I spent this past fall rehearsing and performing Cornelius Hackl in Jerry Herman’s classic musical, Hello, Dolly! The production got a wonderful review from Spotlight News, including this note:
“My favorite performances of the night were from Nick Richardson as Cornelius Hackl and Zack Kattwinkel as Barnaby Tucker… These two high energy lads stole every scene in which they appeared. Wonderful chemistry between these two young men and spot-on comedic timing made for a truly terrific night at the theatre. Their portrayal of these two sweet and somewhat naive youths is loaded with laughs and pulled heart strings. You root for these two to win their hearts desires and celebrate with them when they ultimately succeed. Very well done gentlemen, very well done indeed.”
Brian Cebrian, Spotlight News
You can read the full review on the Spotlight News website. Below are production photos taken by Joshua Stubbs (J. Stubbs Photography).
I’m excited to share new headshots taken by Connor Lange. We shot these over the summer at The Glimmerglass Festival. I’ve already used these new photos on auditions – with success! (More on that later…)
This piece first appeared as a blog post on The Glimmerglass Festival’s website. Read it there.
The Sound of Music may very well be the most beloved musical in America thanks to the massive popularity of the 1965 film adaptation starring Julie Andrews. The film’s soundtrack spent 109 weeks in the top 10 of the Billboard 200 chart, making songs like “Do-Re-Mi,” “Climb Ev’ry Mountain” and “My Favorite Things” household tunes. Rodgers & Hammerstein’s final stage work produced songs that are magically both classic and malleable at the same time. The journey of “My Favorite Things” from showtune, to jazz standard, to Christmas song and then pop riff illustrates their music’s longevity and flexibility.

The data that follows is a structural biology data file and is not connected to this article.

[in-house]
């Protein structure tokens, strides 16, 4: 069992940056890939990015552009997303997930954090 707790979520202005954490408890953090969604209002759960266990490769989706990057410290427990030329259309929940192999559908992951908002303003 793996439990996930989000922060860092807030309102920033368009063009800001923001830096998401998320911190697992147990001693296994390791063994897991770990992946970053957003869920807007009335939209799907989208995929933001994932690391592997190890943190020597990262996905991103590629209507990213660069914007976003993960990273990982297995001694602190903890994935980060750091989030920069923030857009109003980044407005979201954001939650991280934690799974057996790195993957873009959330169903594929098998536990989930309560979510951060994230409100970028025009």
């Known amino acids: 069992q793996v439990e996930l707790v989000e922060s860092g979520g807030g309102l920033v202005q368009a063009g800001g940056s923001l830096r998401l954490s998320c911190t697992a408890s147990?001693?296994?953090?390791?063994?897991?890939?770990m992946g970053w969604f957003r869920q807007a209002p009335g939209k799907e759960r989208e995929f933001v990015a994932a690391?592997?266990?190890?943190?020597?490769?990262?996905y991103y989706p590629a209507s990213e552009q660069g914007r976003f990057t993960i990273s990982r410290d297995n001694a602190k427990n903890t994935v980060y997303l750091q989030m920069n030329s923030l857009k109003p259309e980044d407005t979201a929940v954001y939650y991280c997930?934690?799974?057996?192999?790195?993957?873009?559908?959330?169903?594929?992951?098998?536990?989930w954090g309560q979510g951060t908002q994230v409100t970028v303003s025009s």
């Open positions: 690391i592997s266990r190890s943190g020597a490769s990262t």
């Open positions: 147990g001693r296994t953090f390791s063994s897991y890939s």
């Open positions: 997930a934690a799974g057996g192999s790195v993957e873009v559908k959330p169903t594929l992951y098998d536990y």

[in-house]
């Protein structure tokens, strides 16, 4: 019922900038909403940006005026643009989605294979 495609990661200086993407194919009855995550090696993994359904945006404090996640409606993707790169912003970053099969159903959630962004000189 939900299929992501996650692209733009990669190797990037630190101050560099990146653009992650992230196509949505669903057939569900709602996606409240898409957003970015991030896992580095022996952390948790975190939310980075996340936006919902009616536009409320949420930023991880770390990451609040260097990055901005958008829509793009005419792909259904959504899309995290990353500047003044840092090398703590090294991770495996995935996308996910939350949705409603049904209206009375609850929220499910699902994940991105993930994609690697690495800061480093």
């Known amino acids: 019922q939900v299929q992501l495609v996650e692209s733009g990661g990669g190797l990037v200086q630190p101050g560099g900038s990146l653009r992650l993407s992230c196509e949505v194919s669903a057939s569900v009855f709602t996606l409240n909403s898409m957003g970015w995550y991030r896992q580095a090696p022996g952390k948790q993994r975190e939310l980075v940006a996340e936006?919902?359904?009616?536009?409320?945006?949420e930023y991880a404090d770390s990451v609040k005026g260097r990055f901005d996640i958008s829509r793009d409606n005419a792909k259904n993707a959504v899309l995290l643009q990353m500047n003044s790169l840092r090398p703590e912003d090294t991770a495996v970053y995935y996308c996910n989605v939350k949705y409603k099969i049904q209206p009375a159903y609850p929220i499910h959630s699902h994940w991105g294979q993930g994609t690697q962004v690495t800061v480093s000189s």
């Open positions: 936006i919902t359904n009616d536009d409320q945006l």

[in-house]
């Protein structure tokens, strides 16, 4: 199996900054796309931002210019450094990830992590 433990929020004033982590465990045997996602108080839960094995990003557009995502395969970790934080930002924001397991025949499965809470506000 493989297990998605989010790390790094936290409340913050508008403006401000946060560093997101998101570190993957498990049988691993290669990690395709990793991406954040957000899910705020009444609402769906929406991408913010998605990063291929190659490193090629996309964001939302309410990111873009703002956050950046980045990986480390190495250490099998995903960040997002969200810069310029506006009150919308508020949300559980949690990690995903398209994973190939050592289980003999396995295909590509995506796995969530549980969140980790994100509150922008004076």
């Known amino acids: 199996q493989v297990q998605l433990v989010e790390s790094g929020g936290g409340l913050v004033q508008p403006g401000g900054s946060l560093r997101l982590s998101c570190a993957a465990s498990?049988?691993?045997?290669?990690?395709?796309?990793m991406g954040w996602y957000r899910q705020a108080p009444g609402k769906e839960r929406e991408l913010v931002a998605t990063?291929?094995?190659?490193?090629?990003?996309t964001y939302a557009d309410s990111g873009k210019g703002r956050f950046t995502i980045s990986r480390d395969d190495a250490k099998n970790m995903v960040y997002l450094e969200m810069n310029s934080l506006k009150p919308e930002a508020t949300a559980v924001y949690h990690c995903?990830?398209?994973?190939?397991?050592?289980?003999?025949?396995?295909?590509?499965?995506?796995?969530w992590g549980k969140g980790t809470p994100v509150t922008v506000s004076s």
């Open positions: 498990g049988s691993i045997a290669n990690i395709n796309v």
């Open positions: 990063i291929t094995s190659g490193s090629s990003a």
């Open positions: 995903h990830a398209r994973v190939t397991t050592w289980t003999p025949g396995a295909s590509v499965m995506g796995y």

“My Favorite Things” first reached audiences as performed by Mary Martin in the original 1959 Broadway production. Archives at the Library of Congress suggest that Hammerstein once had a different song title in mind: “Good Things.” The deceptively simple song took Hammerstein a few days to write, and an early draft of the lyrics hints at the ultimate rhythm of the text, even though the words seem a little clunky:
Raindrops on roses and whiskers on kittens,Curling my fingers in warm woolen mittens,Riding downhill on my big brother’s bike –These are a few of the things that I like.
Hammerstein eventually rewrote the lyrics to rhyme with his new title, “My Favorite Things,” but it was actually Rodgers’ melody that gave the song a life outside of the musical. Jazz musician John Coltrane recorded his own version as the title track of his 1960 album. His interpretation runs over 13 minutes long, but a shorter LP version sold 50,000 units in its first year – a significant achievement for a jazz album. Coltrane improvised over Rodgers’s melody on a soprano saxophone, and the LP’s success re-popularized that instrument in jazz music, where the tenor saxophone reigned supreme.
The following year, Julie Andrews performed “My Favorite Things” on a holiday episode of The Gary Moore Show, years before she was cast in the film and years before the song became associated with Christmastime. Pop crooner Jack Jones was the first artist to include “My Favorite Things” on a Christmas album in 1964, a few months ahead of the film’s 1965 release. Film executives feared the movie would flop without an advance radio hit, so they approached Jones’s record label for publicity. They pitched “My Favorite Things” for Jones’s album, suggesting, “Just add sleigh bells.”